Medicaid is a more rational health benefit plan. It doesn’t fragment coverage artificially between Part A (institutional) and Part B (everything except drugs you buy at retail) and Part D (outpatient drugs not administered in a physician’s office).

    Yes, Medicaid pays less. That could be rectified.

  14. 14
    TomatoQueen says:

    Medicare is for over 65 and the disabled on SSDI (wage credit based), but for the latter does not kick in until 24 months active eligibility for SSDI have passed. Medicaid is used as a stop-gap for those people in some states. Prenatal care on Medicare would be pretty rare (a cancer patient who is pregnant, maybe?), but not a usual coverage. Medicare is not set up for pediatrics at all and would require more than tinkering, especially as it is administered by SSA and we like to muddle things where we can (I work there). Medicaid could pay more in theory, but the egg in the equation is too few doctors accept it. I dream about a system where everybody is covered for everything alla time. I know, let’s invade the VA! Open up Tricare to civilians!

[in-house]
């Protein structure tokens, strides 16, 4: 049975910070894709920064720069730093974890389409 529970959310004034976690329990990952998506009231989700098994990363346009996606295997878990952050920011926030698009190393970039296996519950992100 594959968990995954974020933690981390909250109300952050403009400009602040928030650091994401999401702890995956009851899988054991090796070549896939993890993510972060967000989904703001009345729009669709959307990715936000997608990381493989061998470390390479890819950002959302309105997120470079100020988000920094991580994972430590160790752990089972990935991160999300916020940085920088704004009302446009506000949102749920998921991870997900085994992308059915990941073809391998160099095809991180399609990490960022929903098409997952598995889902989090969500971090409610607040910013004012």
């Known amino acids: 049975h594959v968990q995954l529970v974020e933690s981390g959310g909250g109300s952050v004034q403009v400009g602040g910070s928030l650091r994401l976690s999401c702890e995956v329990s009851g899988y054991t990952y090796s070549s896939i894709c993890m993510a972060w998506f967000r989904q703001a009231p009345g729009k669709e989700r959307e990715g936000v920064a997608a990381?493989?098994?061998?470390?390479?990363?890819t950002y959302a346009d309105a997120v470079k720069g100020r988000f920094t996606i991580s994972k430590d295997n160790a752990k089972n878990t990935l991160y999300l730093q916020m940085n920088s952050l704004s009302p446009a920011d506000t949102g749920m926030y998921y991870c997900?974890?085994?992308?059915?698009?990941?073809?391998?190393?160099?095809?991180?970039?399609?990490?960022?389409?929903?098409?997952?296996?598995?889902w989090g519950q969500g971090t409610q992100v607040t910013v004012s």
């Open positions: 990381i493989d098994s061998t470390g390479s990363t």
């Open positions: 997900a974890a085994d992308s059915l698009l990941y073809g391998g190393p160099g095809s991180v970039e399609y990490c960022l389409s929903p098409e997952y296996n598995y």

15. 15
    Kelly says:

    Oregon Medicaid (Oregon Health Plan) is good insurance out here in the hinterlands. All the docs accept it perhaps due the high percentage of low income customers around here. We were on it 2014 and 2015 due to the structure of our retirement income those years. I loved the simplicity. We know a couple that had a baby in Oregon’s top neonatal ICU for it’s first week that were covered by OHP and everything was covered.

  16. 16
    Mnemosyne says:


    Good point. In rural areas where for-profit insurance companies are reluctant to sell policies, Medicaid would probably work well for most people since doctors out in the hinterlands are going to be more likely to accept Medicaid than a doctor in the city or suburbs who gets patients with better insurance.

    A persistent problem with PPACA has been rural coverage, so a Medicaid buy-in might be better for people in those areas.

  17. 17

    @Mnemosyne: Yep, I wrote about using Medicaid as an Exchange backstop in August 2017

  18. 18
    Matt McIrvin says:

    It also sounds like “blow up the existing system” vs. incremental change. People may just be risk-averse about the former.